WASHINGTON — Americans are split over a looming government shutdown, with a slight majority viewing it as a positive step towards reining in runaway debt, a poll found Wednesday.
The Quinnipiac University poll found that 46 percent view a shutdown as a “good thing” while 44 percent oppose it because it would result in the loss of public services.
But if the government is shut down, 47 percent of Americans would blame Republicans while just 38 percent would blame President Barack Obama, it said.
The poll found Americans were similarly divided on the hot-button issue of collective bargaining for public employees, with 45 percent saying it should be limited and 42 percent opposing such limits.
Forty-two percent of respondents said government workers are paid too much, while 15 percent said they were paid too little and 35 percent said their pay was “about right,” according to the poll.
“There is a partisan tinge to American voter attitudes toward government workers,” said Peter Brown, assistant director of the polling institute.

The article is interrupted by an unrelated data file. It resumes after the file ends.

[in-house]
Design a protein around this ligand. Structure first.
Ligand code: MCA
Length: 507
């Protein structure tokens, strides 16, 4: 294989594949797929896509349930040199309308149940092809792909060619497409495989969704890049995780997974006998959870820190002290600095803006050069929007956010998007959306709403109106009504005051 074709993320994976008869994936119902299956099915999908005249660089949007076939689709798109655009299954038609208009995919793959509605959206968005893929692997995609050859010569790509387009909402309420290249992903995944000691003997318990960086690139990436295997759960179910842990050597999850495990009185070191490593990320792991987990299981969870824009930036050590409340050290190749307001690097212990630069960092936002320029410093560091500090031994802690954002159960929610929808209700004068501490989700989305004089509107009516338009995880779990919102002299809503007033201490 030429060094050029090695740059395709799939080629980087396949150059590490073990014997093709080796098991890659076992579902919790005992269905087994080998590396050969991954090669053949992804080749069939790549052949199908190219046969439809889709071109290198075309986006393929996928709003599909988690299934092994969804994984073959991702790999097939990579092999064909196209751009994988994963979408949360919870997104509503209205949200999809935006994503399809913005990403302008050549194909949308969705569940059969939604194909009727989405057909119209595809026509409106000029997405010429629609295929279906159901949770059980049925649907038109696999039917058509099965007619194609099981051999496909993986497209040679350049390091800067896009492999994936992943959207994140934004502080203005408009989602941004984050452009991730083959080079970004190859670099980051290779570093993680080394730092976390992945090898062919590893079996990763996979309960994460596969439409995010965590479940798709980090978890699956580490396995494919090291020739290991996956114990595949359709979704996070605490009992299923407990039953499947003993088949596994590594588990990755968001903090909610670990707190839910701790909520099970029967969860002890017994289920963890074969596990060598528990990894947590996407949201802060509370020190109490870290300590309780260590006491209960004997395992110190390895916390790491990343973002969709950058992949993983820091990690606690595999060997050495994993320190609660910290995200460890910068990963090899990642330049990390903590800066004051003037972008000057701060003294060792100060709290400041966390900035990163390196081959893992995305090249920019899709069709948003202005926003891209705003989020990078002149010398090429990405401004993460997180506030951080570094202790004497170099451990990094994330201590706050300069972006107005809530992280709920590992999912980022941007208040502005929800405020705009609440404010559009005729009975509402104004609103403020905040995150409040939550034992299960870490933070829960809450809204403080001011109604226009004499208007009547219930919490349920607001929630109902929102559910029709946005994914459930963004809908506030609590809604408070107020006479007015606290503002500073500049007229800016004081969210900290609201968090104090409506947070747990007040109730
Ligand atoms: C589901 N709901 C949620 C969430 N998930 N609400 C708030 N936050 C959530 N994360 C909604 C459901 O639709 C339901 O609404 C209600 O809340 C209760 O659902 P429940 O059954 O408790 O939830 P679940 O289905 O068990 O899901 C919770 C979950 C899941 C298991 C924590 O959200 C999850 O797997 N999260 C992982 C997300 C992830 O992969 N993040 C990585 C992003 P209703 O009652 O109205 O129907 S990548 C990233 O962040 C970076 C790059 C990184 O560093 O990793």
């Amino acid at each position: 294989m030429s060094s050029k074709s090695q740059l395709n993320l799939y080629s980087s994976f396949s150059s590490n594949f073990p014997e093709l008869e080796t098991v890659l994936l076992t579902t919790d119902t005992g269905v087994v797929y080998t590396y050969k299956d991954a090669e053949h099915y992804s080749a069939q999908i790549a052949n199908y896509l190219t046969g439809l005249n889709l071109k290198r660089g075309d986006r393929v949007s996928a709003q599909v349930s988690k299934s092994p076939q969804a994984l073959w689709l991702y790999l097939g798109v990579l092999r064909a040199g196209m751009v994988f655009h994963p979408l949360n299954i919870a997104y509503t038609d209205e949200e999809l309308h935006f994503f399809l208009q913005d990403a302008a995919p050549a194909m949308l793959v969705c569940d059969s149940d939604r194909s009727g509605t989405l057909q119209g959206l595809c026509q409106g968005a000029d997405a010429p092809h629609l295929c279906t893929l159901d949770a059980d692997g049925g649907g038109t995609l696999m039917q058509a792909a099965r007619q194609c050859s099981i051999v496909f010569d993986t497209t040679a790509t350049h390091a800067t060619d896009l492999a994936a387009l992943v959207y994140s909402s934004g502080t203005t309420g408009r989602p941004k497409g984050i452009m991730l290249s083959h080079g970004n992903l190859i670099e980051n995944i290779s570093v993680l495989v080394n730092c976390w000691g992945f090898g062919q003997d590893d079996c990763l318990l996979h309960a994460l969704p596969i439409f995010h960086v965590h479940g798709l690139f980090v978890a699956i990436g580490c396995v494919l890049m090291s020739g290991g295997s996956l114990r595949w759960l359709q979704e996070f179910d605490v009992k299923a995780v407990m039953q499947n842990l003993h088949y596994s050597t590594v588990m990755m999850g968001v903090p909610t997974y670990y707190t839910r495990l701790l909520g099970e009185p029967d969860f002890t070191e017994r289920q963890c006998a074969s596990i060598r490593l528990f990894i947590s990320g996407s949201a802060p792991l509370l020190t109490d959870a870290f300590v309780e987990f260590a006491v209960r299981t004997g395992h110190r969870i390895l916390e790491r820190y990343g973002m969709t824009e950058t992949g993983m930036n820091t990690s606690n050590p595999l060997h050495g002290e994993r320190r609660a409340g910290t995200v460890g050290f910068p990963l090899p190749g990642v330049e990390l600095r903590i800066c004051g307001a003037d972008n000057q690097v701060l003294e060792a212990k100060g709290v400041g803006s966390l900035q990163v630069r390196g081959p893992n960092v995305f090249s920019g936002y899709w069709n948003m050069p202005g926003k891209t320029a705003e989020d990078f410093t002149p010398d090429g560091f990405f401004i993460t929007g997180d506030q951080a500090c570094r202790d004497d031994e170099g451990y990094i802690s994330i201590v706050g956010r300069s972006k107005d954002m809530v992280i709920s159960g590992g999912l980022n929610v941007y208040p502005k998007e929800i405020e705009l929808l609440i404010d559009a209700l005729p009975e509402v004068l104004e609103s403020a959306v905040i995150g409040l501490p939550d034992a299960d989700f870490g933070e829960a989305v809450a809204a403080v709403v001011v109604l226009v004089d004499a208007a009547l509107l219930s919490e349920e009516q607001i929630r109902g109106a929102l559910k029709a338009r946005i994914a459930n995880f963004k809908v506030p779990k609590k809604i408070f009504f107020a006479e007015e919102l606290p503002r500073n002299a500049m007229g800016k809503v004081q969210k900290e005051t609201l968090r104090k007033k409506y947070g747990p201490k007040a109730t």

“By wide margins, Republicans say these workers are overpaid; want them to pay more for their benefits and want to limit collective bargaining.”
The Republican-led House of Representatives approved a stopgap spending measure on Tuesday to avert a government shutdown and give polarized lawmakers two more weeks to grope toward a lasting compromise.
The Democrat-held Senate was to vote on the measure on Wednesday.
The nationwide belt-tightening has meanwhile pitted unions against protesters in Wisconsin and other cash-strapped states that are considering legislation to curtail collective bargaining.
Quinnipiac University conducted the survey February 21-28 among 1,887 registered voters, with a margin of error of plus or minus 2.3 percentage points.